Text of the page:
Mara Wilson has always felt a little young and a little out of place: as the only child on a film set full of adults, the first daughter in a house full of boys, the sole clinically depressed member of a cheerleading squad, a valley girl in New York and a neurotic in California, and an adult the world still remembers as a little girl. Tackling everything from how she first learned about sex on the set of Melrose Place, to losing her mother at a young age, to getting her first kiss (or was it kisses?) on a celebrity canoe trip, to not being cute enough to make it in Hollywood, these essays tell the story of one young woman’s journey from accidental fame to relative obscurity, but also illuminate a universal struggle: learning to accept yourself, and figuring out who you are and where you belong.
Hands up who else wanted to be Matilda when they were a child? Sure, growing up with terrible parents would not be fun, but the end result of having telepathic powers (albeit briefly), and getting to live with the delightful Miss Honey seemed rather appealing as a child. The film of Matilda came out when I was 8, and it’s safe to say had a very big impact on the shy, bookish child I once was. So I was rather excited to read Mara Wilson’s first book, given that she was the actress who portrayed Matilda in the film, and also starred in Mrs Doubtfire – another film which I watched on an almost daily basis as a child. I’d heard bits and pieces about Mara in recent years – her twittering and writing shining a spotlight on her once again, so I was very keen to take a look at her essays.
Firstly, these are not essays in a dry, academic sense – but they aren’t mere autobiographical musings – through tales of her life, Mara touches on issues like child bereavement, mental illness and the perils of adult dating in an accessible and relatable way. All of the stories here have a strong sense of humour to them, and Mara is a skilled enough writer to easily make an empathic connection with the reader, the shortness of the chapters meaning that one is never stuck in a period for too long, but moves swiftly between different periods in the writer’s life. Some sections are not a particularly easy read either – reading about a child being bereaved is hard, and learning about how Mara struggled to deal with her OCD as a teenager can be tough at times, but the wit and warmth of the writing ensures that it is never a chore.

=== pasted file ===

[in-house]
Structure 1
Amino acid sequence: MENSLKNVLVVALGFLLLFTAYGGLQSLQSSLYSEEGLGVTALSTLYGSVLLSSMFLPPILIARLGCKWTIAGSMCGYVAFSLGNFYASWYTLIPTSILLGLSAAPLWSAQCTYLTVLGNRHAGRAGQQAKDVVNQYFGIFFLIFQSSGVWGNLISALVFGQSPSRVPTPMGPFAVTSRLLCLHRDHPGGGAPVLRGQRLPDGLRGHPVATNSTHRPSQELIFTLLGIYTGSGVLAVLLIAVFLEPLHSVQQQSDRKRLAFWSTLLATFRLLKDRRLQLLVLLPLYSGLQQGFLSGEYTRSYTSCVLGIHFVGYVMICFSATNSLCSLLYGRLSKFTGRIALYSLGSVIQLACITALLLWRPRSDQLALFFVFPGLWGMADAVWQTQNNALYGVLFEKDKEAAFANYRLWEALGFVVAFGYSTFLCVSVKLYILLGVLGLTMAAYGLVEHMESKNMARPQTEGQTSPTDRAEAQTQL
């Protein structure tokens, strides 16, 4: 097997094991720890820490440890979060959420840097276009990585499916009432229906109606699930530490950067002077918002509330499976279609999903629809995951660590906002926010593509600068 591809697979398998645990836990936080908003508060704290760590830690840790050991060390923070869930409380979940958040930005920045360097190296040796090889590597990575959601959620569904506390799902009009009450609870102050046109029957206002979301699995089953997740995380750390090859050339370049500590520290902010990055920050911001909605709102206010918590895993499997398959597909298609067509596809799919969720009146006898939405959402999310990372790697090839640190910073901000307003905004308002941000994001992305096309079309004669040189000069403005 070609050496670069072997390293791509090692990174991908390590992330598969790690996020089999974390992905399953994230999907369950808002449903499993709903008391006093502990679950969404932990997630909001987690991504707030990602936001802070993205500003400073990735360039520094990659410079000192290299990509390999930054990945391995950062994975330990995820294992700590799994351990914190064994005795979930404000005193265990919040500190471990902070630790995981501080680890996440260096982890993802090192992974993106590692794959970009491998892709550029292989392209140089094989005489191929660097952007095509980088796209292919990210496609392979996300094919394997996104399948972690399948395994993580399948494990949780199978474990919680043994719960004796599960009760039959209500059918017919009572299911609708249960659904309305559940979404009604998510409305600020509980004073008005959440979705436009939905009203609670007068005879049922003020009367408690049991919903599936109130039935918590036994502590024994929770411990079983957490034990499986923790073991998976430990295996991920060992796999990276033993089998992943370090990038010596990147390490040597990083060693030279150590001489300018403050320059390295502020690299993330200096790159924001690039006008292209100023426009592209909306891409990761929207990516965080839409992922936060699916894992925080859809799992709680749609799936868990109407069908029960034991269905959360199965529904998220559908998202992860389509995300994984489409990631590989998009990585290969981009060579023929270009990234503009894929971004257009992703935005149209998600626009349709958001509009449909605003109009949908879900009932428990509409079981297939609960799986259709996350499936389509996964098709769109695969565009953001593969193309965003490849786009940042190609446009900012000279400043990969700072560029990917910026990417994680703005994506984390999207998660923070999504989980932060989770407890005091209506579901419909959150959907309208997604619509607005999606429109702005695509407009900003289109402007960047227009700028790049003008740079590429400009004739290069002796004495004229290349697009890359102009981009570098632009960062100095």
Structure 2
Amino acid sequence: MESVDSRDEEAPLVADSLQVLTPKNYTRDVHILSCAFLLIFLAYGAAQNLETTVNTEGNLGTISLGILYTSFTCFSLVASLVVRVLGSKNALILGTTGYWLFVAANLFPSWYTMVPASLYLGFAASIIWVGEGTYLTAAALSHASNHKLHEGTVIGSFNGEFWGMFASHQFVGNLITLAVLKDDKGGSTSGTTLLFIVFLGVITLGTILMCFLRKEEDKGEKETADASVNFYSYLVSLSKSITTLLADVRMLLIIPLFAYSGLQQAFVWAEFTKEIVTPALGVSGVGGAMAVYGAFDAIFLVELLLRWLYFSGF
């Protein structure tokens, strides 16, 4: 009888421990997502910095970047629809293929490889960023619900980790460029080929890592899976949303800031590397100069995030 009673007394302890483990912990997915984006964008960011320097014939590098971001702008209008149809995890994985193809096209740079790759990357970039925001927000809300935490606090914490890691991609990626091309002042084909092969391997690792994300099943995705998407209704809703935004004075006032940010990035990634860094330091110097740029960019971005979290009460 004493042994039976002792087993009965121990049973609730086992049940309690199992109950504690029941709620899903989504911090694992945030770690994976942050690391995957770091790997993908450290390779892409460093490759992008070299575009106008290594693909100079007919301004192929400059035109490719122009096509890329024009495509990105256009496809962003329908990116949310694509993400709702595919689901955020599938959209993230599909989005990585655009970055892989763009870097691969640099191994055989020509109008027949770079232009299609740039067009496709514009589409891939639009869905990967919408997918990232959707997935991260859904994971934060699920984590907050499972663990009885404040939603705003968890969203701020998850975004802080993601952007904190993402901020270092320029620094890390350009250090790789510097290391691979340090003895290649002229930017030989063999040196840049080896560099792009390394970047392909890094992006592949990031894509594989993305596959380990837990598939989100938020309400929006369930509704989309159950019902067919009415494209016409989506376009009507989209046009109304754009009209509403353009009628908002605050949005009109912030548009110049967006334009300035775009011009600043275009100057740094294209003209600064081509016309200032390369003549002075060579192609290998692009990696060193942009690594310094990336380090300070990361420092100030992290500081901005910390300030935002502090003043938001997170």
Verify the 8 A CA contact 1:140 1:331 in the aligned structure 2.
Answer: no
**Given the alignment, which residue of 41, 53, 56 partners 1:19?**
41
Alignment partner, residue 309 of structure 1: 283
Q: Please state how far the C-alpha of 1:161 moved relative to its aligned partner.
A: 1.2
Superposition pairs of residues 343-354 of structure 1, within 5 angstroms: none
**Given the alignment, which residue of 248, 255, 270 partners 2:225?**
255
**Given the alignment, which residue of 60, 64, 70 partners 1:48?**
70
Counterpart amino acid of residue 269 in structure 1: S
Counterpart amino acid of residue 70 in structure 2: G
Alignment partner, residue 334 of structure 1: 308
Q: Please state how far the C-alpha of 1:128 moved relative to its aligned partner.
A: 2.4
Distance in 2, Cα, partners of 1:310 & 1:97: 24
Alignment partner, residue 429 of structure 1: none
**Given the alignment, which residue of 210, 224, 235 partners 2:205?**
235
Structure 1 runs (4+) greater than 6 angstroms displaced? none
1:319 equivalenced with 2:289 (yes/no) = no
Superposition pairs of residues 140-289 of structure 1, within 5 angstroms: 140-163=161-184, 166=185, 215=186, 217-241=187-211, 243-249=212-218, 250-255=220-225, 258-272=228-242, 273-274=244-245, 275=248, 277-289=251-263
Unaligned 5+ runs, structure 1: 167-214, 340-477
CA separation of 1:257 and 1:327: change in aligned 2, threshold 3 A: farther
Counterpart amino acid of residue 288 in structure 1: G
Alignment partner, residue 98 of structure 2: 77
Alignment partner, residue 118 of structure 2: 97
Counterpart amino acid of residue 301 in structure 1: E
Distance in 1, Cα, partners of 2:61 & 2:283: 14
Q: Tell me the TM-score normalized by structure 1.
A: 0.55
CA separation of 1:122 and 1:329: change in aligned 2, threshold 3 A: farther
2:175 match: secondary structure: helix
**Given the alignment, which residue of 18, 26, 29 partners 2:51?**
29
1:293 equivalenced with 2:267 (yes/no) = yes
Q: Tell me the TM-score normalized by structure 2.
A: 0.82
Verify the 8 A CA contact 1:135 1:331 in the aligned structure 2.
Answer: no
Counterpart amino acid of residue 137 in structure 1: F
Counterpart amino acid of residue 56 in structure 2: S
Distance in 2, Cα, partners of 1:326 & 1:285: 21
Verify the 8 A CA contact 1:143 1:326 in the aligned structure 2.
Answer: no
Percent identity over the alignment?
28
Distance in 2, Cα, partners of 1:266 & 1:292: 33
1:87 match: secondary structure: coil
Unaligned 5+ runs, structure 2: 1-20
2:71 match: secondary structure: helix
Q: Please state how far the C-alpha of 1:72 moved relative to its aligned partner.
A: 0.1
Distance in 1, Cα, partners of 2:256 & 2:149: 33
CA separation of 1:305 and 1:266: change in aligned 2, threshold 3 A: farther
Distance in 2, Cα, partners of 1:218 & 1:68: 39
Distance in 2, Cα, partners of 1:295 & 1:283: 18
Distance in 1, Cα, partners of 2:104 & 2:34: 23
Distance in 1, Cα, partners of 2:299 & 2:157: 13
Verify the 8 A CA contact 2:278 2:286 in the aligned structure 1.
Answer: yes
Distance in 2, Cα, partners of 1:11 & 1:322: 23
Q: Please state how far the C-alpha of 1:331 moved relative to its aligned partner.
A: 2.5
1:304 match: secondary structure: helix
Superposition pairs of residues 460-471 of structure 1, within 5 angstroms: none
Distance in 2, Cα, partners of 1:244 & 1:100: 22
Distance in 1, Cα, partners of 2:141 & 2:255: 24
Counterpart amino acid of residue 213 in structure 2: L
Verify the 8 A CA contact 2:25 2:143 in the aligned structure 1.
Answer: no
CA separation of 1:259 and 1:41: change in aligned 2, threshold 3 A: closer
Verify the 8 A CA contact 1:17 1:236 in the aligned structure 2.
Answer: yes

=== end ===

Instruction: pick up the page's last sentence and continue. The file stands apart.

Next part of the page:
Those wanting nuggets and glimpses about Mara’s film career will find them too – (the tribute to Robin Williams is particularly touching), but, for me, the most fascinating part was the look at how the outside world judges a child star – constantly preventing them from truly growing up, and infantilising them at an unhealthily late age. Heck, I can’t deny that even I felt briefly uncomfortable learning about the author going on dates or having sex – when I started this book the Mara Wilson in my minds eye was a young girl, but, by the time I put the book down, I could see her as a clever, warm and witty woman.
In truth, I’d recommend these be read by everyone – they’re funny, moving and enlightening, and whilst it helps to have known of Mara from her performances as a child, it’s not essential – Mara’s writing is good enough to appeal to all, although I can’t deny that I felt a particular connection to it. Speaking as someone who used to be a bookish, shy kid suffering with social anxiety, finding out that an actress who I adored as a child went through similar problems was welcome and refreshing. In Roald Dahl’s Matilda, he said that … Matilda’s strong young mind continued to grow, nurtured by the voices of all those authors who had sent their books out into the world like ships on the sea. These books gave Matilda a hopeful and comforting message: You are not alone
And that, in her brilliant book, is exactly the message that Mara Wilson has sent out too.